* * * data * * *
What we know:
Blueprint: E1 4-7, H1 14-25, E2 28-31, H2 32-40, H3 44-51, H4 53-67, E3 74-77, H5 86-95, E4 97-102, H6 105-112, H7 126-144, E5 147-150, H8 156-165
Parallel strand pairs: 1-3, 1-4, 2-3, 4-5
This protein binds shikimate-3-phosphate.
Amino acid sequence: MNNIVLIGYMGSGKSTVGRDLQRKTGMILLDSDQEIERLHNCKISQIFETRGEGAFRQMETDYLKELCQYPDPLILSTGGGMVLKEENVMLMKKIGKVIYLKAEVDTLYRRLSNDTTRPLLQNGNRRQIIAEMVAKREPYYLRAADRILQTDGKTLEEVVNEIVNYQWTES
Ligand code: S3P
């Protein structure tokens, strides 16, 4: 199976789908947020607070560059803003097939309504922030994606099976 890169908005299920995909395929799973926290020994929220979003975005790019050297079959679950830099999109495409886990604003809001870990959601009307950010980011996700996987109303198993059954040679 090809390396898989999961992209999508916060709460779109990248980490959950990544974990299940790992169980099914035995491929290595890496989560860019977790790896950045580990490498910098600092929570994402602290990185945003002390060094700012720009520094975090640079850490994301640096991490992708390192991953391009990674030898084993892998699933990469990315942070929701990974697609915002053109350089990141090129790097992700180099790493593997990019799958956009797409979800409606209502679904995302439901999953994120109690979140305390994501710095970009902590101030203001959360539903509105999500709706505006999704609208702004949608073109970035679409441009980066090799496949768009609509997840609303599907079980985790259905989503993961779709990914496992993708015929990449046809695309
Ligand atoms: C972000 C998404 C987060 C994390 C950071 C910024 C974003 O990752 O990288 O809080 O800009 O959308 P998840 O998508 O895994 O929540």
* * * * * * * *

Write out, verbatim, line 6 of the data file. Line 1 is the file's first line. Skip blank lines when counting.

Ligand code: S3P